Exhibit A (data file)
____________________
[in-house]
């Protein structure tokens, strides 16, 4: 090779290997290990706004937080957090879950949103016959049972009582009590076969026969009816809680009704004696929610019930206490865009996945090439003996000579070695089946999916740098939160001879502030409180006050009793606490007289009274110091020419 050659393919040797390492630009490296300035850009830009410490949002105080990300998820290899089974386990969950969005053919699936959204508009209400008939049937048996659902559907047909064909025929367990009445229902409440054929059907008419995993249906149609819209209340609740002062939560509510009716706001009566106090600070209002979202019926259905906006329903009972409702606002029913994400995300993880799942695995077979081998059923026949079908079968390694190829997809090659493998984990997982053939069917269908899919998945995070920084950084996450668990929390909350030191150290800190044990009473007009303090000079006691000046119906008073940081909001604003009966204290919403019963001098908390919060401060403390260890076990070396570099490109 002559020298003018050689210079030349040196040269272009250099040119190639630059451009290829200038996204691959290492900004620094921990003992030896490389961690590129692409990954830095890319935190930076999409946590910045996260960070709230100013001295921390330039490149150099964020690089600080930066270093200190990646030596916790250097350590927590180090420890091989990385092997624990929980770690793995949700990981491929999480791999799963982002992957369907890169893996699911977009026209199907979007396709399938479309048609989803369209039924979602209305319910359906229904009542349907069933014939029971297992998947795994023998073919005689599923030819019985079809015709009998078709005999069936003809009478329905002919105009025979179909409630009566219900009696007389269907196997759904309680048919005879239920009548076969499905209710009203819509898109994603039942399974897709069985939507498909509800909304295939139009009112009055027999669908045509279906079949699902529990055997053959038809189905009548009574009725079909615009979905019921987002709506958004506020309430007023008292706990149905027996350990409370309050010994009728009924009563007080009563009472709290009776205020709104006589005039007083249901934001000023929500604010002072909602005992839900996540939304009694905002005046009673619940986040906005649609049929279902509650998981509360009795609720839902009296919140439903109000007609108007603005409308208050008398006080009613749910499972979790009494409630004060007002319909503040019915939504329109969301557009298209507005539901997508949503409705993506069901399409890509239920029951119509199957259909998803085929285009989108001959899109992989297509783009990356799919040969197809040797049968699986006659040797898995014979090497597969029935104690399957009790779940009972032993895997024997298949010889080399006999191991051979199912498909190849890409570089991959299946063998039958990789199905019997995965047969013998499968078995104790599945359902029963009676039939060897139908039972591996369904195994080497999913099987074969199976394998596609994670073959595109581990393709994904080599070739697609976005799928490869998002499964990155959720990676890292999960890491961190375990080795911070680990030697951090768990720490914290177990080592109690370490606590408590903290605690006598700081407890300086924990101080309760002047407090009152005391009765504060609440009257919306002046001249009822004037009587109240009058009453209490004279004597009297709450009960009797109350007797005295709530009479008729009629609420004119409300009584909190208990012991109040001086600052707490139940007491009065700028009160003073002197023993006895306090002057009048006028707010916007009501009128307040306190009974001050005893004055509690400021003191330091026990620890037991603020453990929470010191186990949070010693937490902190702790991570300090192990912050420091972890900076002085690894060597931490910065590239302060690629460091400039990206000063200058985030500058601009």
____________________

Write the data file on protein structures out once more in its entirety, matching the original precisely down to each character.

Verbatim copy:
[in-house]
């Protein structure tokens, strides 16, 4: 090779290997290990706004937080957090879950949103016959049972009582009590076969026969009816809680009704004696929610019930206490865009996945090439003996000579070695089946999916740098939160001879502030409180006050009793606490007289009274110091020419 050659393919040797390492630009490296300035850009830009410490949002105080990300998820290899089974386990969950969005053919699936959204508009209400008939049937048996659902559907047909064909025929367990009445229902409440054929059907008419995993249906149609819209209340609740002062939560509510009716706001009566106090600070209002979202019926259905906006329903009972409702606002029913994400995300993880799942695995077979081998059923026949079908079968390694190829997809090659493998984990997982053939069917269908899919998945995070920084950084996450668990929390909350030191150290800190044990009473007009303090000079006691000046119906008073940081909001604003009966204290919403019963001098908390919060401060403390260890076990070396570099490109 002559020298003018050689210079030349040196040269272009250099040119190639630059451009290829200038996204691959290492900004620094921990003992030896490389961690590129692409990954830095890319935190930076999409946590910045996260960070709230100013001295921390330039490149150099964020690089600080930066270093200190990646030596916790250097350590927590180090420890091989990385092997624990929980770690793995949700990981491929999480791999799963982002992957369907890169893996699911977009026209199907979007396709399938479309048609989803369209039924979602209305319910359906229904009542349907069933014939029971297992998947795994023998073919005689599923030819019985079809015709009998078709005999069936003809009478329905002919105009025979179909409630009566219900009696007389269907196997759904309680048919005879239920009548076969499905209710009203819509898109994603039942399974897709069985939507498909509800909304295939139009009112009055027999669908045509279906079949699902529990055997053959038809189905009548009574009725079909615009979905019921987002709506958004506020309430007023008292706990149905027996350990409370309050010994009728009924009563007080009563009472709290009776205020709104006589005039007083249901934001000023929500604010002072909602005992839900996540939304009694905002005046009673619940986040906005649609049929279902509650998981509360009795609720839902009296919140439903109000007609108007603005409308208050008398006080009613749910499972979790009494409630004060007002319909503040019915939504329109969301557009298209507005539901997508949503409705993506069901399409890509239920029951119509199957259909998803085929285009989108001959899109992989297509783009990356799919040969197809040797049968699986006659040797898995014979090497597969029935104690399957009790779940009972032993895997024997298949010889080399006999191991051979199912498909190849890409570089991959299946063998039958990789199905019997995965047969013998499968078995104790599945359902029963009676039939060897139908039972591996369904195994080497999913099987074969199976394998596609994670073959595109581990393709994904080599070739697609976005799928490869998002499964990155959720990676890292999960890491961190375990080795911070680990030697951090768990720490914290177990080592109690370490606590408590903290605690006598700081407890300086924990101080309760002047407090009152005391009765504060609440009257919306002046001249009822004037009587109240009058009453209490004279004597009297709450009960009797109350007797005295709530009479008729009629609420004119409300009584909190208990012991109040001086600052707490139940007491009065700028009160003073002197023993006895306090002057009048006028707010916007009501009128307040306190009974001050005893004055509690400021003191330091026990620890037991603020453990929470010191186990949070010693937490902190702790991570300090192990912050420091972890900076002085690894060597931490910065590239302060690629460091400039990206000063200058985030500058601009």